Except for those employed by the state or on projects like the railways Leopold was tired of foreigners in the Congo. Due to the missionaries from the mid-1890s on Leopold had to deal with scattered protests like Sheppard’s’ articles about severed hands and slaughtered Africans. Publicly Leopold took the high road pronouncing himself deeply shocked at reports of misdeed in his domain. He was able to survive most of the accusations with little damage for they concerned murder committed against Africans. The Congo in Leopold’s mind was not the one of starving porters, raped hostages, emaciated rubber slaves, and severed hands. It was the empire of his dreams, with gigantic trees exotic animals, and inhabitants grateful for his wise rule. The campaign to examine Leopold’s regime, led by British diplomat Roger Casement and former shipping clerk, Andrew Shanu and reble leaders like Nzansu, Mulume Niama, Kandolo and E.D. Morel under the auspices of the Congo Reform Association, became the first mass human rights movement. Supporters included American writer Mark Twain, who wrote a stinging political satire entitled King Leopold’s Soliloquy, in which the King supposedly argues that bringing Christianity to the country outweighs a little starvation. Rubber gathers were tortured, maimed and slaughtered until the turn of the century, when the Western world forced Brussel to call a halt.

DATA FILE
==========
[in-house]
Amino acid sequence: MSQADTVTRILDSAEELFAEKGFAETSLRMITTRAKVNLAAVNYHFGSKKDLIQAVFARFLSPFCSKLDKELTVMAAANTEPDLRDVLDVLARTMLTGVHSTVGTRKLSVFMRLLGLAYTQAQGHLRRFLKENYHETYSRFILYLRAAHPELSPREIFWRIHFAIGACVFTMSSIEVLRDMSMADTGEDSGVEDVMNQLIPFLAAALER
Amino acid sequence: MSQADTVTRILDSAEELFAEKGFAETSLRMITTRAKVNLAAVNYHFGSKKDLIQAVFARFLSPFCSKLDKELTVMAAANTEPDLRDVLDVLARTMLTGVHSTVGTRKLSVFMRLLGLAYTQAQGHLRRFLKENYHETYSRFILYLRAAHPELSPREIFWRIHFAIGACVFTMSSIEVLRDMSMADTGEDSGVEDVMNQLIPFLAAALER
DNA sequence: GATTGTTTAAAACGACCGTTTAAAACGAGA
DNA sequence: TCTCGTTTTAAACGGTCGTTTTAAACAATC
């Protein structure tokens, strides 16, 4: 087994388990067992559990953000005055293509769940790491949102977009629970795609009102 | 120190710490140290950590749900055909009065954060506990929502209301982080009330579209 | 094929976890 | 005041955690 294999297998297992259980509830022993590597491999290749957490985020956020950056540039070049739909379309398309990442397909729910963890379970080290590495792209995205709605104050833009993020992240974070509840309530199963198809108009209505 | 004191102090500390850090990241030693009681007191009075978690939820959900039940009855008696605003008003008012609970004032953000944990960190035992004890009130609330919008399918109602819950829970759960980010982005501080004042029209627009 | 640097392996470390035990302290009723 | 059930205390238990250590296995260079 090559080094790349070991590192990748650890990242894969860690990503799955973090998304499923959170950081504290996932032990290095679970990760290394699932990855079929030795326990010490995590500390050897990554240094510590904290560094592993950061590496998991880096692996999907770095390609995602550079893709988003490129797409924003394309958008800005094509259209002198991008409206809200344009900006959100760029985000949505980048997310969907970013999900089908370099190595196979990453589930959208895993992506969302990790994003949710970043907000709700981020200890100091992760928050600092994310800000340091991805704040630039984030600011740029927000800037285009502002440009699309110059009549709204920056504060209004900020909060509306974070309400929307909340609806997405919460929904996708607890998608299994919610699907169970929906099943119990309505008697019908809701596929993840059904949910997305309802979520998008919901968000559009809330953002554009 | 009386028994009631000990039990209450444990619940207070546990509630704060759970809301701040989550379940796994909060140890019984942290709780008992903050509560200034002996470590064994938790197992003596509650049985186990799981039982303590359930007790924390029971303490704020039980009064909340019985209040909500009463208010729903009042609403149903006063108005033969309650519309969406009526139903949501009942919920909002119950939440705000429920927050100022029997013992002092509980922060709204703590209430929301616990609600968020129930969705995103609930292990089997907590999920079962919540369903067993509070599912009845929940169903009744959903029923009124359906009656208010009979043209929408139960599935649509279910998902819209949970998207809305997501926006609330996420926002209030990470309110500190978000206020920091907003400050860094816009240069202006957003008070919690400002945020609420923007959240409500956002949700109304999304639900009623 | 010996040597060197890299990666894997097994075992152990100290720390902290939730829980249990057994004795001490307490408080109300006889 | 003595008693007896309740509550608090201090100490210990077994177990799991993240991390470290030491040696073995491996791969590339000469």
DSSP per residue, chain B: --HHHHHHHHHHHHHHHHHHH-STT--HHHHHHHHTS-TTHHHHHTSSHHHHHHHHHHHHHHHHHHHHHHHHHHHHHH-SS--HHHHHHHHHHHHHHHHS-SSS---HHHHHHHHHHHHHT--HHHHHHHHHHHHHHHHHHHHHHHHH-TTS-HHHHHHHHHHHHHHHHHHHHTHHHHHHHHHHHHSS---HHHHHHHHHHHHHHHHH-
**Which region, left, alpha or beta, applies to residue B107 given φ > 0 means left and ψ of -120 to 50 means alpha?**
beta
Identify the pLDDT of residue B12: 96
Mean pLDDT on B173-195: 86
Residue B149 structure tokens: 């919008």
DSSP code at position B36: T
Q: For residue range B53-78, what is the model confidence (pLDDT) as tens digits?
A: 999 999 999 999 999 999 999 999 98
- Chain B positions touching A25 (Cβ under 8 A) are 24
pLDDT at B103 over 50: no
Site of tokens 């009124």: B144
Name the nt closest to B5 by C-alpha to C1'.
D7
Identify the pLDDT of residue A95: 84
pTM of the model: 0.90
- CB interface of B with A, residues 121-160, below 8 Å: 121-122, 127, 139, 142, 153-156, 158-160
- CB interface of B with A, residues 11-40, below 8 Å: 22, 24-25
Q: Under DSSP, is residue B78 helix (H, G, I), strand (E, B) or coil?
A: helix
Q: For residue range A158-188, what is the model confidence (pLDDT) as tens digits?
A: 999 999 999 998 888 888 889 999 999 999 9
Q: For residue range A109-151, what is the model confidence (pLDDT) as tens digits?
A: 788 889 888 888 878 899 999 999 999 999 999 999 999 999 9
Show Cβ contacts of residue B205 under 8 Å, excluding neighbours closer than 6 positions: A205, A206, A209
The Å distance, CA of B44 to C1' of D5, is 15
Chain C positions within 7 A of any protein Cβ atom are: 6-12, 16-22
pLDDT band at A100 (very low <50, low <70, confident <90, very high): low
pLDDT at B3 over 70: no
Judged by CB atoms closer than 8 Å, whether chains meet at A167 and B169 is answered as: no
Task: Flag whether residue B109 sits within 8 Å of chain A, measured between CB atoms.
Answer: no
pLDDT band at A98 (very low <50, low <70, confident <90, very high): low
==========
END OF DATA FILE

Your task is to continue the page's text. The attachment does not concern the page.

To Leopold, the international explosion of bad publicity triggered by the Kowalsky disaster was a turning point: instead of grandly bequeathing the Congo to Belgium at his death as he had planned, he understood that he would have to take the change before then. With his extraordinary knack for making the best of an apparently difficult situation, he began to maneuver. If these do-gooders were forcing him to give up his beloved colony he decided, he was not going to give it away. He would sell it and Belgium, the buyer, would have to pay dearly. Negotiations dragged on through 1907 and into early 1908. Leopold grumped and raged at the officials who tried to talk with him. At one point he slammed the door in his secretary’s face, accusing him of being in league with the forces trying to take away his Congo. With the time that they bought him, he secretly did everything possible to hide his bewildering web of Congo-related riches, all the while claiming that he had no such wealth at all. Finally the king hinted that he was ready to give in. He named his price he yielded a little and in March 1908 the deal was done.